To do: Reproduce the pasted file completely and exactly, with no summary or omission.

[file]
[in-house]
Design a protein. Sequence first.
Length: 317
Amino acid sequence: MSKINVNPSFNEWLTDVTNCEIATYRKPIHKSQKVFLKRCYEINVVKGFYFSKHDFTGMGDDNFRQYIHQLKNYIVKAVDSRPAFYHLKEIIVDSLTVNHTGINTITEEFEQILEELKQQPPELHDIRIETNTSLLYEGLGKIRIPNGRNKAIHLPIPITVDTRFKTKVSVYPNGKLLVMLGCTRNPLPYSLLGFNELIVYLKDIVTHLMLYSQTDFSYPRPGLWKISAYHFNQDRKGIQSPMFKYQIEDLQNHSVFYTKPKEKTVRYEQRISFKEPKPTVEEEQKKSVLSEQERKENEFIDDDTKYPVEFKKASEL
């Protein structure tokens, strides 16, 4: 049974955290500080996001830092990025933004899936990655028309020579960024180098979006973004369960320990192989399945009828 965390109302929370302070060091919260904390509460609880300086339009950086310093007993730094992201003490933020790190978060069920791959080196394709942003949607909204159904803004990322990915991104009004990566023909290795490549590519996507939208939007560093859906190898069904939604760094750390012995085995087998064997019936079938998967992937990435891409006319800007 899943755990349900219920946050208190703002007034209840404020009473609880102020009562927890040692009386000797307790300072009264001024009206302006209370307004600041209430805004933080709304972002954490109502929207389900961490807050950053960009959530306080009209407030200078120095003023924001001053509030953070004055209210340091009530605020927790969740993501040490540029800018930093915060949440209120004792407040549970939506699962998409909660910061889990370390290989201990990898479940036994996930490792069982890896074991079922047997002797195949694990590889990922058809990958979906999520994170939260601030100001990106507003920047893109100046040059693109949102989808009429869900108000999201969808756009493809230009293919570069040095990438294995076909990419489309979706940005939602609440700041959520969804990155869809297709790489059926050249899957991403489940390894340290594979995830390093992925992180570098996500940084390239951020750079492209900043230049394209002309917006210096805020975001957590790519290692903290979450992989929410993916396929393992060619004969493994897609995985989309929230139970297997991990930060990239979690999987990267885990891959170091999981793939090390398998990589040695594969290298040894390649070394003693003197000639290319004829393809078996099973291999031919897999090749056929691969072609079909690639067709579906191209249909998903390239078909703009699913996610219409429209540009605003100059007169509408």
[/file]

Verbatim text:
[in-house]
Design a protein. Sequence first.
Length: 317
Amino acid sequence: MSKINVNPSFNEWLTDVTNCEIATYRKPIHKSQKVFLKRCYEINVVKGFYFSKHDFTGMGDDNFRQYIHQLKNYIVKAVDSRPAFYHLKEIIVDSLTVNHTGINTITEEFEQILEELKQQPPELHDIRIETNTSLLYEGLGKIRIPNGRNKAIHLPIPITVDTRFKTKVSVYPNGKLLVMLGCTRNPLPYSLLGFNELIVYLKDIVTHLMLYSQTDFSYPRPGLWKISAYHFNQDRKGIQSPMFKYQIEDLQNHSVFYTKPKEKTVRYEQRISFKEPKPTVEEEQKKSVLSEQERKENEFIDDDTKYPVEFKKASEL
């Protein structure tokens, strides 16, 4: 049974955290500080996001830092990025933004899936990655028309020579960024180098979006973004369960320990192989399945009828 965390109302929370302070060091919260904390509460609880300086339009950086310093007993730094992201003490933020790190978060069920791959080196394709942003949607909204159904803004990322990915991104009004990566023909290795490549590519996507939208939007560093859906190898069904939604760094750390012995085995087998064997019936079938998967992937990435891409006319800007 899943755990349900219920946050208190703002007034209840404020009473609880102020009562927890040692009386000797307790300072009264001024009206302006209370307004600041209430805004933080709304972002954490109502929207389900961490807050950053960009959530306080009209407030200078120095003023924001001053509030953070004055209210340091009530605020927790969740993501040490540029800018930093915060949440209120004792407040549970939506699962998409909660910061889990370390290989201990990898479940036994996930490792069982890896074991079922047997002797195949694990590889990922058809990958979906999520994170939260601030100001990106507003920047893109100046040059693109949102989808009429869900108000999201969808756009493809230009293919570069040095990438294995076909990419489309979706940005939602609440700041959520969804990155869809297709790489059926050249899957991403489940390894340290594979995830390093992925992180570098996500940084390239951020750079492209900043230049394209002309917006210096805020975001957590790519290692903290979450992989929410993916396929393992060619004969493994897609995985989309929230139970297997991990930060990239979690999987990267885990891959170091999981793939090390398998990589040695594969290298040894390649070394003693003197000639290319004829393809078996099973291999031919897999090749056929691969072609079909690639067709579906191209249909998903390239078909703009699913996610219409429209540009605003100059007169509408």